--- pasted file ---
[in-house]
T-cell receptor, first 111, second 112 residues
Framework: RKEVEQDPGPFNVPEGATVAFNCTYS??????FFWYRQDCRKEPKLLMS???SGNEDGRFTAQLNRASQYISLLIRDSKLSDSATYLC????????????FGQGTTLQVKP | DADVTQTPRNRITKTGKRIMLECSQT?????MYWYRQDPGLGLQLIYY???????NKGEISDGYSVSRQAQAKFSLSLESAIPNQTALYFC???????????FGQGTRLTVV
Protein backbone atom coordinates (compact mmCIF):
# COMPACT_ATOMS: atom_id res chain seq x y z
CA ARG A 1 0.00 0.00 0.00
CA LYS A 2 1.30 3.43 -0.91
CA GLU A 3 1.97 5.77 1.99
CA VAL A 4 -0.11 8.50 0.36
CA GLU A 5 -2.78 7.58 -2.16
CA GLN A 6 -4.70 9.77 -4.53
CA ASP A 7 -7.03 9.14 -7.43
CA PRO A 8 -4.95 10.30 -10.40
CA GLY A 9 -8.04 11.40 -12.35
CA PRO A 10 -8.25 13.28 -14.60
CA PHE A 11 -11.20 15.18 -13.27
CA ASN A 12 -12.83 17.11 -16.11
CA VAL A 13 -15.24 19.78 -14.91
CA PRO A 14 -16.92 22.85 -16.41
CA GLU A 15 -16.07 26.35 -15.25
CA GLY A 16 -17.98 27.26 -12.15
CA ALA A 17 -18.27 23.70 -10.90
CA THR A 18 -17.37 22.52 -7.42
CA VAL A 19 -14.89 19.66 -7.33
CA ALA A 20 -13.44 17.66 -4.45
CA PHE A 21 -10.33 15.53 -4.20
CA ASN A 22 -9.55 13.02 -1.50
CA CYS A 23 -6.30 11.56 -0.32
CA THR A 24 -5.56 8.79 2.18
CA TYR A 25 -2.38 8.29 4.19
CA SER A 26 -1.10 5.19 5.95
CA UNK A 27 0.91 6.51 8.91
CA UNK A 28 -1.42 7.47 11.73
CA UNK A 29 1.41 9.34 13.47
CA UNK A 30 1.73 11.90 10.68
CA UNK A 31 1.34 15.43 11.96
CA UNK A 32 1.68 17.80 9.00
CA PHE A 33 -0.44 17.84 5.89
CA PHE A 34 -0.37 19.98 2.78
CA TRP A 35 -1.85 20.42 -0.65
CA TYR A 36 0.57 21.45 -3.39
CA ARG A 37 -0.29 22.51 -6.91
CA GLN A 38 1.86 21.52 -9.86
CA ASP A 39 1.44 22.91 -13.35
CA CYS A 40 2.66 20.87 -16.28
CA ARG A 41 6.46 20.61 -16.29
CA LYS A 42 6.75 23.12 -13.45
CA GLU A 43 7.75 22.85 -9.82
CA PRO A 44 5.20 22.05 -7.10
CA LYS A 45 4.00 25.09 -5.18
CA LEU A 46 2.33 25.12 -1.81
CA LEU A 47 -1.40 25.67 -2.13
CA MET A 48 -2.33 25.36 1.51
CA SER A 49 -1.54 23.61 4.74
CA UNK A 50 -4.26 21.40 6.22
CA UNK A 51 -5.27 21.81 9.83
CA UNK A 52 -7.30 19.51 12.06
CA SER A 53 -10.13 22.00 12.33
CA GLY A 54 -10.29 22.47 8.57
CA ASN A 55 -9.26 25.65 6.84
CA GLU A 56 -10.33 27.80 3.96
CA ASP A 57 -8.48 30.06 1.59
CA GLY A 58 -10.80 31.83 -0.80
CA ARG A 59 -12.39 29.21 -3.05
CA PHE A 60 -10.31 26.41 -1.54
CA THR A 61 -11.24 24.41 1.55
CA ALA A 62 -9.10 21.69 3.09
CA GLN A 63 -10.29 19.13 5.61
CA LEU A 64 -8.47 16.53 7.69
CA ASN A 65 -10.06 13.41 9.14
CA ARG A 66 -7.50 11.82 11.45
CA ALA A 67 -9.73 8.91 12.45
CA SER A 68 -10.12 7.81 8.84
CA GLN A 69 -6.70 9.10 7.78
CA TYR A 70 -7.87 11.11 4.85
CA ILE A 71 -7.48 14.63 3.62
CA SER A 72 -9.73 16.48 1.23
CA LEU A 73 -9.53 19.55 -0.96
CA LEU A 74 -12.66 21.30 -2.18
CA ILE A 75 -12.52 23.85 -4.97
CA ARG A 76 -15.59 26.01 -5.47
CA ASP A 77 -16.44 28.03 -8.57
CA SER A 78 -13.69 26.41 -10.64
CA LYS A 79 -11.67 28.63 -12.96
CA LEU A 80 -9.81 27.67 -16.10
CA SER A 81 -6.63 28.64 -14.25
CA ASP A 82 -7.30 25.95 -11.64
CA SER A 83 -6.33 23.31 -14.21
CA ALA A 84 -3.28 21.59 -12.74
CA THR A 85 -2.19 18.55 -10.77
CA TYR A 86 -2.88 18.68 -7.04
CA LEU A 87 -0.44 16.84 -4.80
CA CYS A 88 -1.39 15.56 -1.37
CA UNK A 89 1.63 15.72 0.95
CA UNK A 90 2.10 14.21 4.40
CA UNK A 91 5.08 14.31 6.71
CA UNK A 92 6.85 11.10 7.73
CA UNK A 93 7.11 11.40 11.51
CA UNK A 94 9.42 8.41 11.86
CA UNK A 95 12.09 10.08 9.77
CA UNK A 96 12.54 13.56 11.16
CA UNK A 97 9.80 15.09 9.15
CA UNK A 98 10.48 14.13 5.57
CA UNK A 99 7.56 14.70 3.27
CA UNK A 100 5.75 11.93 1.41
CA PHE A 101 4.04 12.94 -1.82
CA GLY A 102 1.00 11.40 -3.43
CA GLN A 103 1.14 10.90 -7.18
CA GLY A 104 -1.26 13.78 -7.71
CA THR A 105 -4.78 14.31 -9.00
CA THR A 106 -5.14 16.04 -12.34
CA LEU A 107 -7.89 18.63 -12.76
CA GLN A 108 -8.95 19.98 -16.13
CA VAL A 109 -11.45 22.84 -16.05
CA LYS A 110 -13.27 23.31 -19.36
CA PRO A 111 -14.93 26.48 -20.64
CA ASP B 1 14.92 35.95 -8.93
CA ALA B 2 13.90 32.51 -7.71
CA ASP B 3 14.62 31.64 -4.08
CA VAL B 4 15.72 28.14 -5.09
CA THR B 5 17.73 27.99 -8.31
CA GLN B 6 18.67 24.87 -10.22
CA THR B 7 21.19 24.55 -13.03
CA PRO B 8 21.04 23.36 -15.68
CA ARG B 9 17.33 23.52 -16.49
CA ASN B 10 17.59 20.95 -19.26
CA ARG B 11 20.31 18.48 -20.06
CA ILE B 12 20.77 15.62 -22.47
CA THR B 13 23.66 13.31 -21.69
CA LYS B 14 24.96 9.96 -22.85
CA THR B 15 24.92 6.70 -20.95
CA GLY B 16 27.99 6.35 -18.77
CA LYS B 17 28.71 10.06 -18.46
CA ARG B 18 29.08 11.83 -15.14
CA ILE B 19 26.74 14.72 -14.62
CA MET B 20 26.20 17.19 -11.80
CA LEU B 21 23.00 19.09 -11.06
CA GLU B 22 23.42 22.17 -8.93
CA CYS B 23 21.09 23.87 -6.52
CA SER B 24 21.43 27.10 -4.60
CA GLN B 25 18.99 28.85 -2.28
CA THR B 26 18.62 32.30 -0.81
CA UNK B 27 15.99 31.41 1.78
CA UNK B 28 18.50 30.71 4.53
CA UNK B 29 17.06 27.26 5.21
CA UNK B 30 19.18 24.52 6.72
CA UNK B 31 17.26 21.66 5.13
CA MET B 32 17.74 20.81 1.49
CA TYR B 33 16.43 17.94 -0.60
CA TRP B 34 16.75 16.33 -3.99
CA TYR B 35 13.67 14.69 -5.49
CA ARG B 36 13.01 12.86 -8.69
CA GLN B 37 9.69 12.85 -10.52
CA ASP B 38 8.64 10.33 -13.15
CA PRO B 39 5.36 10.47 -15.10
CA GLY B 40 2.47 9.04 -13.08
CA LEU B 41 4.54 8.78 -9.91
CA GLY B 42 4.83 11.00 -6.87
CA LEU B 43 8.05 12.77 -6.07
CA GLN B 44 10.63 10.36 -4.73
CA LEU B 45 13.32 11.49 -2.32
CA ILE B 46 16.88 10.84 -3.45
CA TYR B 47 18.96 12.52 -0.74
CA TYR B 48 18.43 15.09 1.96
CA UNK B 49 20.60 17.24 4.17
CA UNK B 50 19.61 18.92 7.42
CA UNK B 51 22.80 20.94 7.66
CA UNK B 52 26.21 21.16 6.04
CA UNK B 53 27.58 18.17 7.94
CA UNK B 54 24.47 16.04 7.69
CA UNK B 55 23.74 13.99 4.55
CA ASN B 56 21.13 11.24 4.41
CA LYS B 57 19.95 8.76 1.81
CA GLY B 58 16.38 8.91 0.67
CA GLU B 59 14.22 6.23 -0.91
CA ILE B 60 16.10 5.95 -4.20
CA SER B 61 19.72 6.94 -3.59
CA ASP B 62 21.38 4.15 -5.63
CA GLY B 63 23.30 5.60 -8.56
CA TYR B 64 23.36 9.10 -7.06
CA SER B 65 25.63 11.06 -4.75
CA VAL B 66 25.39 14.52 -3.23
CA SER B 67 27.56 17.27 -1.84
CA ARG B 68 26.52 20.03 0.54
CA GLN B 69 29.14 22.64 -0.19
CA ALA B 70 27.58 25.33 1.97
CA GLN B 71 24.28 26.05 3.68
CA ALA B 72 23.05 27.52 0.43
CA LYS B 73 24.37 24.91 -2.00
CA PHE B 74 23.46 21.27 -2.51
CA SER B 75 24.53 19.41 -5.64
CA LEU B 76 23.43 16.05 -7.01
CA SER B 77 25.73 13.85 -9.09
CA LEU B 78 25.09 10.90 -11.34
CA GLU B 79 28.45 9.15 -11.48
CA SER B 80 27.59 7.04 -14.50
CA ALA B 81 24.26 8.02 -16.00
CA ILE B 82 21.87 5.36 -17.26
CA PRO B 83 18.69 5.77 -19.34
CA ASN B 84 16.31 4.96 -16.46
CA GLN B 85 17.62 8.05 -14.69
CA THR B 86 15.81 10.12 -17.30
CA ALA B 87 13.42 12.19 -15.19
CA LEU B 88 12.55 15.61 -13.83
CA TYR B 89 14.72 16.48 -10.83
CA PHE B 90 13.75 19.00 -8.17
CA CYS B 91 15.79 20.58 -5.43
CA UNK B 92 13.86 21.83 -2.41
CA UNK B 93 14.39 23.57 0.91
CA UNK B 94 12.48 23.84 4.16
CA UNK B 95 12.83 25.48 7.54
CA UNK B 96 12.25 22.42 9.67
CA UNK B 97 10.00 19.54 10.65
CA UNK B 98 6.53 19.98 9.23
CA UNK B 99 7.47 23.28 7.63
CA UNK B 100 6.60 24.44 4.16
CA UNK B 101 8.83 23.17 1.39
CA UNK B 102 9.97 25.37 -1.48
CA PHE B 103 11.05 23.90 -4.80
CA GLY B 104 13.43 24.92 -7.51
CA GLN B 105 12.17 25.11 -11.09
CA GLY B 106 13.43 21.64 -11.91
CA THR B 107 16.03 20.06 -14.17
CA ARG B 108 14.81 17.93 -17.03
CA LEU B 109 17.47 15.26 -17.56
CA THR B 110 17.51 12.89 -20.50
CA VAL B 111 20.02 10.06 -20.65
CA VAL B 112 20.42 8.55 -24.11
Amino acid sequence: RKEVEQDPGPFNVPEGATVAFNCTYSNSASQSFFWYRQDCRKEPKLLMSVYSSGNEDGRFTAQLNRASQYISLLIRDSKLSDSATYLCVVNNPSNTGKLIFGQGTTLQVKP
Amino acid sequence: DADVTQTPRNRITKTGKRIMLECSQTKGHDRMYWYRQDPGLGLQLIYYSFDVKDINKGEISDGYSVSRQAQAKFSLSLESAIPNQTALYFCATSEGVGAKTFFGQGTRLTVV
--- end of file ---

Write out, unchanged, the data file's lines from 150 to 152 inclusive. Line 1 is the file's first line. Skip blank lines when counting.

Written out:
CA TRP B 34 16.75 16.33 -3.99
CA TYR B 35 13.67 14.69 -5.49
CA ARG B 36 13.01 12.86 -8.69